..and a video where a dead-eyed Bun B in a Kraftwerk Man Machine print cycling shirt yapped to the camera about GLC's "growth being equal to his grinding" before the song started? I was cussin' the Papal the other night for displacing Eggheads from its BBC2 6 o'clock time slot and because they always take a 4% fee from me every time I sell my unwanted crap on eBay (is it too late to make a crap Papal/Paypal gag now or..?), when that GLC video popped into my head and, yeeeeeah..... what in heaven's name was that all about, then?
GLC - Take It Off
When it comes to rap songs built on metal-guitar riffs I subscribe to the philosophy that if it came after the Public Enemy & Anthrax version of Bring The Noise then it's to be treated with the utmost contempt until it can prove itself worthy of being bumped next to King Of Rock, She's On It or She Watch Channel Zero. I don't mind Bring The Noise 2.0 itself or even that Anthrax album with the clock on the front cover which was out around the same time (Belly Of The Beast was that fiiiiyah, son) but once you go beyond 1991 you're heading into very dangerous waters where most men sink (every song bar one from the Judgement Night Soundtrack; Body Count; that X-Ecutioners song with the rapping whigga from Linkin Park; the Jay-Z & Linkin Park collaboration; that M.O.P metal album; this GLC song etc etc), very few men can swim (the Faith No More song with Boo Yaa Tribe from the Judgement Night soundtrack; 99 Problems, although I only listen to the instrumental nowadays because I'm never listening to this guy again), and any rescue ship appearing on the horizon is a boatload of rapping whiggas with guitars who've dispensed with the black ppl entirely :
Downset - Downset
ICP - Evil Is Afraid
Ill Bill ft. Necro - Chasing The Dragon (metal version)
And you're left like "ah, maybe Dr Khallid Muhammad had a point after all".
Pre-Bring The Noise 2.0 metal-guitar jams work because the mid to late eighties was a more innocent time which was free from any mental baggage involving Zach De La Rocha trying to rap over politically naive lumpen funk-metal/white dudes with dreads jumping around metal discos to No Fronts by Dog Eat Dog with their JNCO rip-off jeans with the stripe down the sides bellowing in the air, and because the whole pre-Rakim/Kool Keith/KRS shout-rap steez of '84 - '86 was perfectly suited to booming guitars as one of its primary sources of backing. After all the obvious Run DMC, Beasties, LL, and even Public Enemy metal-guitar choonz from that era, Just Call Us Def by Steady B would be the one which still has me picking up the ewbank to throw them Kerry King poses. I could happily live without ever hearing the rest of Steady B's catalogue again, but life without Just Call Us Def (and maybe Take Your Radio) would be like a life without re-runs of Porridge or a good nasal hair trimmer.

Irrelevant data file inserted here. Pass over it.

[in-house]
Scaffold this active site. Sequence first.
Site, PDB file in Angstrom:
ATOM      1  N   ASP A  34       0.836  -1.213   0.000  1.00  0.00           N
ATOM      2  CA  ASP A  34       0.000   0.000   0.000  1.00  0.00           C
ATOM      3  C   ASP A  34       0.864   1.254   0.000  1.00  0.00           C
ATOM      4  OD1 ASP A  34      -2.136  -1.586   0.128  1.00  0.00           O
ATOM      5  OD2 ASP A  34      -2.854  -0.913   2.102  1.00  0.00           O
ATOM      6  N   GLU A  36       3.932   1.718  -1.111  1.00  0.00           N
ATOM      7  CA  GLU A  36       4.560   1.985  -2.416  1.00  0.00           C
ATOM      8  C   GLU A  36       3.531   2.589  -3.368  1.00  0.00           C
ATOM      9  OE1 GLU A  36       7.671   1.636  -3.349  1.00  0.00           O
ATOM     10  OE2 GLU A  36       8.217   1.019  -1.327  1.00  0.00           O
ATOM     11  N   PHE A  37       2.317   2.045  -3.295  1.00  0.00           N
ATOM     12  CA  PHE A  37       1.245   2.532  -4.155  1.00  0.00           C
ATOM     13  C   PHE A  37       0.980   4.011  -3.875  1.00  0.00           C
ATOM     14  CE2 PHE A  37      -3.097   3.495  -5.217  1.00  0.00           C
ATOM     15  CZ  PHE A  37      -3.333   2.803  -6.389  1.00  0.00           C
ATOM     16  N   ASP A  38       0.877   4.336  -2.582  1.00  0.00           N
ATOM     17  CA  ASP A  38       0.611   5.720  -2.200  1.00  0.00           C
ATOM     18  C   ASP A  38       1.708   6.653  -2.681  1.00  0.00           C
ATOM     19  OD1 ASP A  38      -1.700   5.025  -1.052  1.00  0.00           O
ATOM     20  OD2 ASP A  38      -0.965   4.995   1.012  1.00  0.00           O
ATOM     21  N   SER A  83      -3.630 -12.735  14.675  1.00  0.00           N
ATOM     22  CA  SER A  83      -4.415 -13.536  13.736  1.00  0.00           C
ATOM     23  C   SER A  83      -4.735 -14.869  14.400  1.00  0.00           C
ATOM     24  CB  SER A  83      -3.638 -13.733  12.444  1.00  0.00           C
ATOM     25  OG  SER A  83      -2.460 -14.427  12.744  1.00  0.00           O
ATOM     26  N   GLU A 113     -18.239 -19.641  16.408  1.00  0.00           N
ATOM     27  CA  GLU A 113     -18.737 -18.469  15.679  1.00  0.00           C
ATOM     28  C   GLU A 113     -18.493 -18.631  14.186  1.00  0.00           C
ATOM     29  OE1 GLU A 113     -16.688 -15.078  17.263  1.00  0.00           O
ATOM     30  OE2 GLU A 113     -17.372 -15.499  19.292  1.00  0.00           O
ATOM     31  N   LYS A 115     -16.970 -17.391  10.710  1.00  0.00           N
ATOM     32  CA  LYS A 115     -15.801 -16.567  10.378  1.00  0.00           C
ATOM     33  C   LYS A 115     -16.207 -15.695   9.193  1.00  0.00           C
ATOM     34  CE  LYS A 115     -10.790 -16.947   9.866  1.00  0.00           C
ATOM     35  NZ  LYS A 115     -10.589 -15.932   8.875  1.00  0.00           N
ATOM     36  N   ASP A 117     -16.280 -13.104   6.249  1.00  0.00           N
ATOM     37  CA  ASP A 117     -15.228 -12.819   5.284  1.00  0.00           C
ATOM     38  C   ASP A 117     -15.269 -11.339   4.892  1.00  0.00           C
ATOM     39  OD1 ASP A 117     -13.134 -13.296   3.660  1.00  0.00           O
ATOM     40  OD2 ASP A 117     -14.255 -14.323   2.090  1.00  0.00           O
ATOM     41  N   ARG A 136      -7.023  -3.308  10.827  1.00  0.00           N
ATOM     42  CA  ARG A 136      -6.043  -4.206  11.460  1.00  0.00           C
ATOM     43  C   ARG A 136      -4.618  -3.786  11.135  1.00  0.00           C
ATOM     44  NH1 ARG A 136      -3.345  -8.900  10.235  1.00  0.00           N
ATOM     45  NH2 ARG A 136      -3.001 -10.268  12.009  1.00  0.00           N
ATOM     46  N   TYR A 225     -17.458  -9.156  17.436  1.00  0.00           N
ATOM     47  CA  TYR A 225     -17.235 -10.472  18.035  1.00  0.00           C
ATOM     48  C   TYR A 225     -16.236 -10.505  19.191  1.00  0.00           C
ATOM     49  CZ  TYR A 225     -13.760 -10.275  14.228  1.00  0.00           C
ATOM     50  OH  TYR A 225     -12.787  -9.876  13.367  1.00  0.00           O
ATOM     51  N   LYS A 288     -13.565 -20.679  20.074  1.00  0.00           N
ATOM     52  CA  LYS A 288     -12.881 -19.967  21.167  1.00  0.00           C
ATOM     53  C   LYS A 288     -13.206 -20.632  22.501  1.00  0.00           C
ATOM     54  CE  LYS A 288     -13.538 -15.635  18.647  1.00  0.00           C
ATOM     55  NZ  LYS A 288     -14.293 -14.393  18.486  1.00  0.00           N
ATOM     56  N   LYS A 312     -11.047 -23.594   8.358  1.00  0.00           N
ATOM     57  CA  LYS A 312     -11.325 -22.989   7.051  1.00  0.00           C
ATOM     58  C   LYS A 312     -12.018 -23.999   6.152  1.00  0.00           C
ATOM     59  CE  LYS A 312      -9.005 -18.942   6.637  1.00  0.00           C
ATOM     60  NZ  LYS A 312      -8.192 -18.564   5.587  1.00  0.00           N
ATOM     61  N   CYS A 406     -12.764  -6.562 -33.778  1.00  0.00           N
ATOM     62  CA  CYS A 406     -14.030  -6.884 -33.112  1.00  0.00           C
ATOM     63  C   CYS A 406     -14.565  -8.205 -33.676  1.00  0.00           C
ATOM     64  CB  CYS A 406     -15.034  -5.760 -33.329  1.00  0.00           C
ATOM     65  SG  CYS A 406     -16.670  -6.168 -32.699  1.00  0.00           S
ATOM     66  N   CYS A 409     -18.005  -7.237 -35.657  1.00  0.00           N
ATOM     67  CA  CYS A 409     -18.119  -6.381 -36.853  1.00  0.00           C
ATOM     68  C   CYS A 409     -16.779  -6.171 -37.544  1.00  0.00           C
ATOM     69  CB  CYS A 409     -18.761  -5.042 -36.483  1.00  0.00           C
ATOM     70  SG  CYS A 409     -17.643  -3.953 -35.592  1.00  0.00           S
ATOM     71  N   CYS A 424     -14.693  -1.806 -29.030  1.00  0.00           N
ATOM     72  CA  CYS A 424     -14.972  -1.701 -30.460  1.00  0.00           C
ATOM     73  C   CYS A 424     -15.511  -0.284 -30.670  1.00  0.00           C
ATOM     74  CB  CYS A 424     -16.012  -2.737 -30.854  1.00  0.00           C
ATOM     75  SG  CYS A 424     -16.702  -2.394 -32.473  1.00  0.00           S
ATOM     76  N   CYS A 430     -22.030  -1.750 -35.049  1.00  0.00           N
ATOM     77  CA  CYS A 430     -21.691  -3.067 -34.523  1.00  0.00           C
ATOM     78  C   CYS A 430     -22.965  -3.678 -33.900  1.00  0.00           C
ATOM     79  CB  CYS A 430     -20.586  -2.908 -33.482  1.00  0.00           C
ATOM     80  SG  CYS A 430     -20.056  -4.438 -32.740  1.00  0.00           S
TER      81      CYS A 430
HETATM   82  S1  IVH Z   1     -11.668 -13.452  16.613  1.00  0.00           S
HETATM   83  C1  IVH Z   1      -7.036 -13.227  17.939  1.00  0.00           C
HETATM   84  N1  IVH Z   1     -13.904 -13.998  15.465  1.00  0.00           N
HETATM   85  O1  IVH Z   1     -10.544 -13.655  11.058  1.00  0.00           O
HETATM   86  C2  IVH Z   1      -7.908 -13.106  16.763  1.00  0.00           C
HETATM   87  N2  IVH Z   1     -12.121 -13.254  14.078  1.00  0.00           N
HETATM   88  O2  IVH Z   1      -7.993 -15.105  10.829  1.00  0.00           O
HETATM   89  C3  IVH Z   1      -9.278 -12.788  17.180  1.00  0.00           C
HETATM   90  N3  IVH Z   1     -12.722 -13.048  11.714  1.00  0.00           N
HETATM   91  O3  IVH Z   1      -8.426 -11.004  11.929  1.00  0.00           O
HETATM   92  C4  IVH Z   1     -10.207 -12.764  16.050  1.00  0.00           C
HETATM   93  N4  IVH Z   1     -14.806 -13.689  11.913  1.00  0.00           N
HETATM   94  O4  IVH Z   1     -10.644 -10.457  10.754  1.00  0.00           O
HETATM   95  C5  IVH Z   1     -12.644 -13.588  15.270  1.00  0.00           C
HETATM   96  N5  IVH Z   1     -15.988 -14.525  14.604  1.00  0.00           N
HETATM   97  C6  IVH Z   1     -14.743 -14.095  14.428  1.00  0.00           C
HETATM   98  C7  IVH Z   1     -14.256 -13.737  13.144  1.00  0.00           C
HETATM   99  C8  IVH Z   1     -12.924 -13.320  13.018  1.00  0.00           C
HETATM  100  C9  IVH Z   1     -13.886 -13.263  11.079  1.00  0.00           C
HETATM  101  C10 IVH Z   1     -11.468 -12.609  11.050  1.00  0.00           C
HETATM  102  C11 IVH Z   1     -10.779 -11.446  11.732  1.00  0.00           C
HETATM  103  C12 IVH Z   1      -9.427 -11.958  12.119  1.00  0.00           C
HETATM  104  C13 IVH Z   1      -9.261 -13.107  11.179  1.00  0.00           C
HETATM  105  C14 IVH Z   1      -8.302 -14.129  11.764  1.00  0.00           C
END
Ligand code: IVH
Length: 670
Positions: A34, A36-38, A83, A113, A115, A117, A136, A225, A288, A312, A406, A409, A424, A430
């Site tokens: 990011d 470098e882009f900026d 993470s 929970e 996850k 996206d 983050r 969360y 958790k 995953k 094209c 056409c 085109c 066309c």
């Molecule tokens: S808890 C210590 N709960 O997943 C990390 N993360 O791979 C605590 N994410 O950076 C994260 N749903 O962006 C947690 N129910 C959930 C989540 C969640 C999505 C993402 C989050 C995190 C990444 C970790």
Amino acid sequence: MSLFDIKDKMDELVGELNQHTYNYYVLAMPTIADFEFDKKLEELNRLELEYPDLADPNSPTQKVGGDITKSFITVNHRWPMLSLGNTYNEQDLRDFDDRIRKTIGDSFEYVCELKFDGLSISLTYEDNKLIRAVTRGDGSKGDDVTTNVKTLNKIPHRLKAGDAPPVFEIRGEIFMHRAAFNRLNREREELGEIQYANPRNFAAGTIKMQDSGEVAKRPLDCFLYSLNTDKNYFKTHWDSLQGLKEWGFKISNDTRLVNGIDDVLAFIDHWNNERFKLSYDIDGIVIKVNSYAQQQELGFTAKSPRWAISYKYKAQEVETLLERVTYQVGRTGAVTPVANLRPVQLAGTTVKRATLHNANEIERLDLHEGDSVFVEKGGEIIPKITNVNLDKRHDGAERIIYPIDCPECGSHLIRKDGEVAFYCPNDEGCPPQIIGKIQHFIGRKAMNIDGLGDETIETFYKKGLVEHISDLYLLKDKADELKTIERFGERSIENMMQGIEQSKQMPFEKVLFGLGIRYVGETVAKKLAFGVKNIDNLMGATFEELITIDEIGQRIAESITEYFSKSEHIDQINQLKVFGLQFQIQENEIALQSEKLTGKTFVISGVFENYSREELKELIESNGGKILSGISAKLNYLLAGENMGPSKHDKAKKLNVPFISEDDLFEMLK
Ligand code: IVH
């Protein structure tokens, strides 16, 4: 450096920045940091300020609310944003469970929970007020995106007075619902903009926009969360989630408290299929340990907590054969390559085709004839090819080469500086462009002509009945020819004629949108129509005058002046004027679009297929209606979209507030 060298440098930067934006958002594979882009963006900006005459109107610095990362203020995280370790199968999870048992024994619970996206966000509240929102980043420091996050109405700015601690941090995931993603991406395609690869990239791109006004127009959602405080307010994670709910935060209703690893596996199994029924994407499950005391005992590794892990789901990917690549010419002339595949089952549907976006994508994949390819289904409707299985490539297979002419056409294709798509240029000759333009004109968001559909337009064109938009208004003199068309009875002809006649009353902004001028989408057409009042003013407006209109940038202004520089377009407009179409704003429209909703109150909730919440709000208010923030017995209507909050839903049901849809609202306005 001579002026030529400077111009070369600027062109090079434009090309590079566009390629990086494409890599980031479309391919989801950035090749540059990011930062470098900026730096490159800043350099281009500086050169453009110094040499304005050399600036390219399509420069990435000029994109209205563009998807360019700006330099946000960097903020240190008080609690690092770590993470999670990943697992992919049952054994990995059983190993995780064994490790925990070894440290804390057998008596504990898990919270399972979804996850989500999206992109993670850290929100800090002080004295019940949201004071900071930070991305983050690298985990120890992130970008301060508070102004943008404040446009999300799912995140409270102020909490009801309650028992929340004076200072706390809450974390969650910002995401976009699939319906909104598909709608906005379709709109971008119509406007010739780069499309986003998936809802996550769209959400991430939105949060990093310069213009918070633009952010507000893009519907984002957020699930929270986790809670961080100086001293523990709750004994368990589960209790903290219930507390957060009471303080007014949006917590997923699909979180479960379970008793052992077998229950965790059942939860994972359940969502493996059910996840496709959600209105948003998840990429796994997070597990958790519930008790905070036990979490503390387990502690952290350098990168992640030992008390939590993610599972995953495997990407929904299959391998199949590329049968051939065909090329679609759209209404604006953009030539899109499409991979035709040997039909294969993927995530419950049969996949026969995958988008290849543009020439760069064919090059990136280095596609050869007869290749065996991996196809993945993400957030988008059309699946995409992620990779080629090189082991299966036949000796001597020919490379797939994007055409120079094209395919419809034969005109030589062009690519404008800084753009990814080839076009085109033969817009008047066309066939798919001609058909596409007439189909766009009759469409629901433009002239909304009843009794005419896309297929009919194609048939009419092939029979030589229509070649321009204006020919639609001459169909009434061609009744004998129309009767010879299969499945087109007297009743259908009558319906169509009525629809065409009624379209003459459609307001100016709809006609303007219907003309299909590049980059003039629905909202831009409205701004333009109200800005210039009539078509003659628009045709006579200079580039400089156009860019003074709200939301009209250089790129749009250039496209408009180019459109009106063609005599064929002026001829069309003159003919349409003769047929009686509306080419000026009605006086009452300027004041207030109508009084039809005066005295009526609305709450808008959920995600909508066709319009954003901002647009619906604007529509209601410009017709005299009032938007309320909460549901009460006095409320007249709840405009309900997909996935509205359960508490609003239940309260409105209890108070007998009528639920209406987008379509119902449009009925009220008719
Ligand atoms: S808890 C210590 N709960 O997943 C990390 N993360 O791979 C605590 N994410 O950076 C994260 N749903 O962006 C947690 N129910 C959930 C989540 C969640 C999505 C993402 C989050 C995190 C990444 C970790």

Steady B - Just Call Us Def
A Philly stomper from 1985 with those metal-guitar stabs ricocheting and reverberating against the incessant 808 drums and Grand Dragon K.D's chainsaw scratching before disappearing into that dense, locamotive rhythm only for another stab of guitar to appear and the process to begin over. Never has the phrase "if you can't do the crime, don't do the time" been more appropriate for a man as dubiously moraled as Steady B, but I'll always have a soft spot for Warren McGlone since he managed to rap over a beat which was perhaps even more monolithic than P.S.K and not allow it to swamp him. The best lines in the song come not from Steady bragging about his own microphone prowess, but in the form of his praise for DJ Grand Dragon K.D : he has to put an apron on before he partake, yo.